Lesson Plan - Get It!
- What are some of the songs that make you really happy?
- What are songs that make you really sad?
- How does music exert this strange power over our thoughts and feelings?
West End Blues - Louis Armstrong and His Hot Five - Chicago 1928
Out of all the cool jobs in the world — and there are many — being a musicologist has to be one of the coolest.
A musicologist is someone who collects and studies music from many different times and places. They analyze the way music is made, what it means, and the place music holds in societies.
One of the basic questions a musicologist has to ask is, “How does a song work?” In order to answer that question, the musicologist has to break down the different parts of the song to help understand how the melodies, chords, lyrics, and other elements come together.
Learn more about how to listen to music in order to understand how it “works.” Read one or both of the following articles. As you read, write down a step-by-step process for analyzing songs. Your process should include three or more steps:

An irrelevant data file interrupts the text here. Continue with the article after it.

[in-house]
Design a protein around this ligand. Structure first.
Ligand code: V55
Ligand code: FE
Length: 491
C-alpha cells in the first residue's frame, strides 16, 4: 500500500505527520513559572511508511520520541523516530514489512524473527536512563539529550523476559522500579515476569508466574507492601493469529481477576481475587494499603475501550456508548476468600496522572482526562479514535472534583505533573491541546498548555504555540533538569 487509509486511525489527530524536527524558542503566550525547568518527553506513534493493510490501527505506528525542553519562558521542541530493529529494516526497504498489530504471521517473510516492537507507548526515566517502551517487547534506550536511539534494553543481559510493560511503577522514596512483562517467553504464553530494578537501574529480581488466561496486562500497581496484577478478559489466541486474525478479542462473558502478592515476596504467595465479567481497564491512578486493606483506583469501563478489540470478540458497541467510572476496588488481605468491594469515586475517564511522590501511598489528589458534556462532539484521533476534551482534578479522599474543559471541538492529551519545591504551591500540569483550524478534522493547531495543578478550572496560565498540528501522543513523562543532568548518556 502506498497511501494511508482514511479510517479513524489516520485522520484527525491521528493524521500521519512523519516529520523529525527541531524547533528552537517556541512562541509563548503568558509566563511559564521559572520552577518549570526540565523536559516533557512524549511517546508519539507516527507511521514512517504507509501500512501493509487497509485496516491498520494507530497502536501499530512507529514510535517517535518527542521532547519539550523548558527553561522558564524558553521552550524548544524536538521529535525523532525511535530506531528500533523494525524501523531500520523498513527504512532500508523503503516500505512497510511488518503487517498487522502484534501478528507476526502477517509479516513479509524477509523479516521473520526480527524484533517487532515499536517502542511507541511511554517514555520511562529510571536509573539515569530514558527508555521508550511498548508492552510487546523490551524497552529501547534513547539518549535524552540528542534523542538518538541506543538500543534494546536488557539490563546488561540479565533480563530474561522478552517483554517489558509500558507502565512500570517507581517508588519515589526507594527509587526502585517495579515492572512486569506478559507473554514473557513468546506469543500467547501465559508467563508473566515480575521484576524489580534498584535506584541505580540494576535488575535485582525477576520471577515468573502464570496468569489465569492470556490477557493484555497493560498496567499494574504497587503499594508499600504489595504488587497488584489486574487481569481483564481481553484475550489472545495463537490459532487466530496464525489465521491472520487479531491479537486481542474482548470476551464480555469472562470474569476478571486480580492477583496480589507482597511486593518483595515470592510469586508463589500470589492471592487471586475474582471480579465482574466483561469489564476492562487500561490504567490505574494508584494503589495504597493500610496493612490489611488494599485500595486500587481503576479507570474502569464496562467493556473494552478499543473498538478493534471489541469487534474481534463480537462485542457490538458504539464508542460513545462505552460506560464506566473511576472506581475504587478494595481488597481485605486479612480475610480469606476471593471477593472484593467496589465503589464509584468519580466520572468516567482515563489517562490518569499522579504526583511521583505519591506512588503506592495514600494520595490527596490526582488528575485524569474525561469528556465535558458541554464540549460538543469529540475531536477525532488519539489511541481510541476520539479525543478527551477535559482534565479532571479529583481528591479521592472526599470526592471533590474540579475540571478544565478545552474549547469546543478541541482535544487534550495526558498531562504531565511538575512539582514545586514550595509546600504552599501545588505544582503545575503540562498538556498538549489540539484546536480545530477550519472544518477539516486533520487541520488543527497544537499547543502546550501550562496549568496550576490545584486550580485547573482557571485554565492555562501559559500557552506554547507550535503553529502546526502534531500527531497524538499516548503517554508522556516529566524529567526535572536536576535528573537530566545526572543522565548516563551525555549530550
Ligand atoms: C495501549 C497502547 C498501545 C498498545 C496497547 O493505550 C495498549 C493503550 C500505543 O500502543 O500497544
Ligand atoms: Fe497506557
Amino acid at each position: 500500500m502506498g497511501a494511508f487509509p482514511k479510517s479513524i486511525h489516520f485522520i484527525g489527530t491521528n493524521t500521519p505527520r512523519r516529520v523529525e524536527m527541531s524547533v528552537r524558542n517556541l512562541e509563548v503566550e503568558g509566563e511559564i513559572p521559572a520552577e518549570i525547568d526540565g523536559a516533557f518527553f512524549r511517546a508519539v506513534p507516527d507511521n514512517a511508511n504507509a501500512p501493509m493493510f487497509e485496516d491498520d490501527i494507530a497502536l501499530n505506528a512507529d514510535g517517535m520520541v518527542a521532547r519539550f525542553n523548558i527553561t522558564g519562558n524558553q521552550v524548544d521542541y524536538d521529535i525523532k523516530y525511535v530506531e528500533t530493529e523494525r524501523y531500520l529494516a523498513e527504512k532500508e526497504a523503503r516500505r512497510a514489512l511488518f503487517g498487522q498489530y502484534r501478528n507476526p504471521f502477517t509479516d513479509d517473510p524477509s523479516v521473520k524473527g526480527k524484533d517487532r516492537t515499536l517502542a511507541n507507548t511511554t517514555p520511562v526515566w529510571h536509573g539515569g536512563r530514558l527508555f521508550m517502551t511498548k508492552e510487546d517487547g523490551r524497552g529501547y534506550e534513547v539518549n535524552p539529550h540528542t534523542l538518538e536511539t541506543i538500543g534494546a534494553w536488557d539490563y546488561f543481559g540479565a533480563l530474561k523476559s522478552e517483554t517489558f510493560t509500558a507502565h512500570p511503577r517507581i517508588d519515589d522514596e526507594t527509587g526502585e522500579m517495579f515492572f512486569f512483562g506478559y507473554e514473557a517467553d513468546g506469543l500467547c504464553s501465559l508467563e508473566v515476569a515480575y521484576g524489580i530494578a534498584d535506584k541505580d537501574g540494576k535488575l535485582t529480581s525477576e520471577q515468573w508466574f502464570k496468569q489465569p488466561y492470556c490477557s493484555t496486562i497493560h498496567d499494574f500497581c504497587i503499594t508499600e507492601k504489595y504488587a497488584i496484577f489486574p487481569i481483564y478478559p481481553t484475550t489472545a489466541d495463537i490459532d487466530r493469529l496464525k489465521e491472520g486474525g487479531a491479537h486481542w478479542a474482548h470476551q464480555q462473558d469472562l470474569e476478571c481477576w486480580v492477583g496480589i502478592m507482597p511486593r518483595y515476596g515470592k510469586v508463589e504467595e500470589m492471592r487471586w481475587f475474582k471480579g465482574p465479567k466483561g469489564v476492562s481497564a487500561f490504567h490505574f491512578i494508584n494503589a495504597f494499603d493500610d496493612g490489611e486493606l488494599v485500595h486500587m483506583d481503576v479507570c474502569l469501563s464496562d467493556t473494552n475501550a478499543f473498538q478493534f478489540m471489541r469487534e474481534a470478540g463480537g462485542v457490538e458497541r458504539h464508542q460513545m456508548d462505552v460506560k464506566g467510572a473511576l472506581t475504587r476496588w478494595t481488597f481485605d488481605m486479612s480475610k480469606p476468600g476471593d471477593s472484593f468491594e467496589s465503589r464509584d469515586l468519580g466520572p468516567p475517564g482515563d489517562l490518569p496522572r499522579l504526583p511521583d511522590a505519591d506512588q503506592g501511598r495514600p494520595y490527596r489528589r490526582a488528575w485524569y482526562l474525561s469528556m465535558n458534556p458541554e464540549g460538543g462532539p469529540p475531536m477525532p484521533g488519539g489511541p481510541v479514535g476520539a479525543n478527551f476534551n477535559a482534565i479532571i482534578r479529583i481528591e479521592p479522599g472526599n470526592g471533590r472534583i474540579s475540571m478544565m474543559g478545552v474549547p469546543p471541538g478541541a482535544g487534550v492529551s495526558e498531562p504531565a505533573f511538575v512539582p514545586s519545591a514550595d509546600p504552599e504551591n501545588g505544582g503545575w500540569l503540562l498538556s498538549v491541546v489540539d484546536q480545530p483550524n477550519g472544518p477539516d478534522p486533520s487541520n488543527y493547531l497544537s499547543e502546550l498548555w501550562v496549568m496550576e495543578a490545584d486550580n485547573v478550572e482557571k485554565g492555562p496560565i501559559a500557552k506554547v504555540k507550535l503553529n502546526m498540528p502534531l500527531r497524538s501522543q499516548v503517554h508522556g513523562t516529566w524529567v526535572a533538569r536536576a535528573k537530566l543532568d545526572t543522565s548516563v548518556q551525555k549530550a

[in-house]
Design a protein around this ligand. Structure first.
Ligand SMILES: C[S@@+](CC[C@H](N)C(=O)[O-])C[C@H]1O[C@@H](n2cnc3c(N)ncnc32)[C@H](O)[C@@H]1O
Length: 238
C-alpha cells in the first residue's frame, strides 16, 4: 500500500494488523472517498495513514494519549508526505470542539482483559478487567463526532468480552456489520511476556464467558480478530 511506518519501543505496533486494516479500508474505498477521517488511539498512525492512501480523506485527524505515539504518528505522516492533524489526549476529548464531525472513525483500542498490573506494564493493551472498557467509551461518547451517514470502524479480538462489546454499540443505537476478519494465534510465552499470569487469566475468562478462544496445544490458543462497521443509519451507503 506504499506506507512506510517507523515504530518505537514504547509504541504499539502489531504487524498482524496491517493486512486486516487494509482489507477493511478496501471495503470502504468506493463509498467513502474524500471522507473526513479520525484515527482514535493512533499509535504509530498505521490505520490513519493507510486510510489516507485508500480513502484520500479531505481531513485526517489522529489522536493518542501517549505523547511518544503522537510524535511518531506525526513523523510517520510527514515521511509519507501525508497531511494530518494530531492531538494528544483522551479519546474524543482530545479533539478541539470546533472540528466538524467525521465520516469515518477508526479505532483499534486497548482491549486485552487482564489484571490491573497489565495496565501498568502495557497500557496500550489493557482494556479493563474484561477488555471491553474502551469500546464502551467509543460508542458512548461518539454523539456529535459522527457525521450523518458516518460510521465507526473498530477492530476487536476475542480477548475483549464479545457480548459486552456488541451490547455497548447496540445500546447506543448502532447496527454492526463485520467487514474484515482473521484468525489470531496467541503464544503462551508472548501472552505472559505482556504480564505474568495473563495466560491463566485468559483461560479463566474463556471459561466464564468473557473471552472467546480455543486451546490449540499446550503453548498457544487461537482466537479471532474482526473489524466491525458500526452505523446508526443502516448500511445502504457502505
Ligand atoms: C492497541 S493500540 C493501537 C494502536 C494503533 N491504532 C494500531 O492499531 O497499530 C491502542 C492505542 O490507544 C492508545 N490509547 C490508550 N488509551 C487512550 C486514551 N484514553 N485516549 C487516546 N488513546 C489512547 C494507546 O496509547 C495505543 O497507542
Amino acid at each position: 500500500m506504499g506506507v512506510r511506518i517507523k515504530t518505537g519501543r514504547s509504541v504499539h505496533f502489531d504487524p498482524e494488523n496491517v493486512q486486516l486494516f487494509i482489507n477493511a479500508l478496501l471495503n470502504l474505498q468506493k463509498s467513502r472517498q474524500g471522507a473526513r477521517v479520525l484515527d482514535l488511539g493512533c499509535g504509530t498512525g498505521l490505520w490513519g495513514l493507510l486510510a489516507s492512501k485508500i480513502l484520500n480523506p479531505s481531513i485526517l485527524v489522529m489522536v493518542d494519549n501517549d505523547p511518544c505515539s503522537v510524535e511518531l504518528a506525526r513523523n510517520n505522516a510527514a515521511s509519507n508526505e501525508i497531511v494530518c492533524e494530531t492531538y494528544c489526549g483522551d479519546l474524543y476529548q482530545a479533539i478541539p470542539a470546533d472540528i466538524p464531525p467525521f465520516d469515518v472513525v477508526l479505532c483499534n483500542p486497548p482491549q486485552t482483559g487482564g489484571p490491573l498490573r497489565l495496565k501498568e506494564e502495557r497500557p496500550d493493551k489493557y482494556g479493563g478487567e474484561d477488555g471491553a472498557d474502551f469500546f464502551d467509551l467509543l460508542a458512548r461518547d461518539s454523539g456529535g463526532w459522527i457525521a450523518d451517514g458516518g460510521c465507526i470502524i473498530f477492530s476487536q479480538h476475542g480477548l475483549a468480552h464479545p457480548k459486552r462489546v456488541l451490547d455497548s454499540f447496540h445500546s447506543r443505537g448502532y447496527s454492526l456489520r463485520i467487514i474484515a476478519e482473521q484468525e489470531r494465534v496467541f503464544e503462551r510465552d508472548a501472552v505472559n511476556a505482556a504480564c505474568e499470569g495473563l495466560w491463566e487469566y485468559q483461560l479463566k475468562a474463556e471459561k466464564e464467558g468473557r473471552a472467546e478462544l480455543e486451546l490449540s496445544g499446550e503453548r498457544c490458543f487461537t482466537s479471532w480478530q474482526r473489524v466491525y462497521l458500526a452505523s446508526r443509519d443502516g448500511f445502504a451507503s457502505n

Share the steps you determined with your parent or teacher, then reflect on the following questions and discuss together:
- What are the most important songs to you and why?
- What are the meanings you associate with that music?
- When people listen to that music in a hundred years, what will it tell them about the times from which it came?
Every era produces its own special music. Perhaps you’ve noticed that you can differientiate music that comes from the 1980s from music that came from the 1960s or the 1950s. The music of each era has its own “sound,” and it tells us about the times and people who produced it.
In the Got It? section, listen to some of the music of the Jazz Age — the Roaring Twenties — and practice your musicology skills!